Ex-CFTC Regulator Opposes Agency’s Demand for Flash Boys’ Code

  • CFTC moves to finalize plan to oversee automated trading
  • Firms are fighting provision to maintain, share source code

A former commissioner for the main U.S. overseer of derivatives said the agency should abandon controversial regulatory measures for high-speed traders until Hillary Clinton or Donald Trump is elected.

The Commodity Futures Trading Commission shouldn’t force traders to hand over records of their algorithmic trading procedures until after a new administration is chosen, said Bart Chilton, the former commissioner. Instead, regulators should finalize less disputed parts of a sweeping proposal to register and boost oversight of automated traders, according to Chilton. That will prevent a legal fight that’s likely to extend past November, he said.

“I would want to see what’s happening with the election” since the new administration may have a different set of priorities for the CFTC, said Chilton, who now works with high-frequency trading firms as a senior policy adviser at law firm DLA Piper. “It’s very likely that it would be litigated.”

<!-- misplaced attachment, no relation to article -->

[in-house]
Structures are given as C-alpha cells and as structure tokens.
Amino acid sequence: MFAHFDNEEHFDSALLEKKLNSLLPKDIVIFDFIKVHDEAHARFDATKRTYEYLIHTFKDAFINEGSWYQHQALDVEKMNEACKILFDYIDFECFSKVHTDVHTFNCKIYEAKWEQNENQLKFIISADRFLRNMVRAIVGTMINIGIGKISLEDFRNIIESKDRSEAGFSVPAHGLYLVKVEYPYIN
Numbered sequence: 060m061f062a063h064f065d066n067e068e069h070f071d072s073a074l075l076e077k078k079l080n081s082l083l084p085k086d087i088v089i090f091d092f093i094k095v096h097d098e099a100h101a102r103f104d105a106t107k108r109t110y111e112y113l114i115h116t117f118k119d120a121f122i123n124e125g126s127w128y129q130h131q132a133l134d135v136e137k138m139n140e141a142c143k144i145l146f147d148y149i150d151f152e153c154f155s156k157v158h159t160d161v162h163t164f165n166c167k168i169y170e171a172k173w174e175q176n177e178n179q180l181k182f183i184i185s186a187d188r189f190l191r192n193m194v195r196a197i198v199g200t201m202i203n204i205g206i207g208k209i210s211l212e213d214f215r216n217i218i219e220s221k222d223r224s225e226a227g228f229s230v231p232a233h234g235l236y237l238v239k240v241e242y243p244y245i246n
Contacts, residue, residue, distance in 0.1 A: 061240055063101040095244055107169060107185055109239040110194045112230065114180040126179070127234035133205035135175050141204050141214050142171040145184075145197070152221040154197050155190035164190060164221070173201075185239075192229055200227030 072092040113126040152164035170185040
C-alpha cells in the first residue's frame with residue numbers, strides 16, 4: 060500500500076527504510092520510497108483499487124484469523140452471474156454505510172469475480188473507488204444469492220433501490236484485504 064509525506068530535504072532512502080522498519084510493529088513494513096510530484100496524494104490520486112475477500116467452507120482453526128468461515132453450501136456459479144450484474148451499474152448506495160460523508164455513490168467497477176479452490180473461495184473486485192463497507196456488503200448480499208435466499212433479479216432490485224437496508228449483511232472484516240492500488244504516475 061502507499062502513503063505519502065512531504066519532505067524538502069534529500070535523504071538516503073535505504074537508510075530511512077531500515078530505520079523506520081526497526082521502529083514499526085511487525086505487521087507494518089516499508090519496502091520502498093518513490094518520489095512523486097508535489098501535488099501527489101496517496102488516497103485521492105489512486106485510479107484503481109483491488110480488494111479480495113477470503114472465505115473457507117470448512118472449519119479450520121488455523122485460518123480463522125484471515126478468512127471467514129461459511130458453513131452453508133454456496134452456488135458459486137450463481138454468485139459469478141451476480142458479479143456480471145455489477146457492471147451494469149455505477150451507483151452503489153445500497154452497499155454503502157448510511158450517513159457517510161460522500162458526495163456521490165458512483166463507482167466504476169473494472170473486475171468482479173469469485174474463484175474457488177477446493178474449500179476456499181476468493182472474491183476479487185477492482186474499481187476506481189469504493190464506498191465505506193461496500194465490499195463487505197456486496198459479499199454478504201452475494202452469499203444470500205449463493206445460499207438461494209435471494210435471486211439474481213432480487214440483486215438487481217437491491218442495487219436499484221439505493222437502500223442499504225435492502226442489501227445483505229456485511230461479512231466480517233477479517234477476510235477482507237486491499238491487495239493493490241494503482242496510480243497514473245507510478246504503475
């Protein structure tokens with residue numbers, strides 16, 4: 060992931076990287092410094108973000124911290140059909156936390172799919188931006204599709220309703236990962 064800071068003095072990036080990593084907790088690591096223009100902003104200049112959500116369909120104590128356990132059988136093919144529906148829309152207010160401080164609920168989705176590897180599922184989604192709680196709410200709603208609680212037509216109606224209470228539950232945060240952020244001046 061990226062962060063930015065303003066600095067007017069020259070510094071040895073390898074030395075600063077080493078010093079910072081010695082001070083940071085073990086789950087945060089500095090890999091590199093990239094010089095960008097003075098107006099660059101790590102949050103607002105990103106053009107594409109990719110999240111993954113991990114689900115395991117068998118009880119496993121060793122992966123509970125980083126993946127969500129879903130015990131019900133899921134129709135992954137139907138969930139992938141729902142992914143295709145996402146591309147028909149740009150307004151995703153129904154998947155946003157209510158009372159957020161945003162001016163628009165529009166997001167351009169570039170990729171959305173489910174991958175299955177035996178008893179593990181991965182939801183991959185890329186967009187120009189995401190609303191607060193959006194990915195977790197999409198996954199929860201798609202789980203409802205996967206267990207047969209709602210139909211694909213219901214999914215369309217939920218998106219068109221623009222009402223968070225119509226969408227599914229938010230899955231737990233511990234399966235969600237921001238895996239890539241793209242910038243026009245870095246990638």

While CFTC Chairman Timothy Massad has pledged that regulators will safeguard traders’ proprietary source code, firms from CTC Trading Group LLC to Intercontinental Exchange Inc. have expressed concern over increasing government access to the secret algorithms firms consider intellectual property. Regulators say they need the code to help determine what went wrong when markets crash.

The CFTC is still working on the rule and hasn’t given a date for when it will be finalized.

In June, the CFTC asked for additional comments on certain aspects of the more than 500-page proposal called Regulation Automated Trading, or “Reg AT,” including what constitutes source code. Under the plan, automated traders would be forced to have a repository for the computer code that makes up their electronic trading systems, giving the CFTC an easier way to inspect and review algorithms to see what role they played in a market malfunction.

In some form, the CFTC is likely to move to finalize the rule to increase oversight of automated trading this fall, Chilton said.

“The issue in general is fairly low-hanging fruit,” he said. “People agree that they should be registered and there are some gaps right now.”

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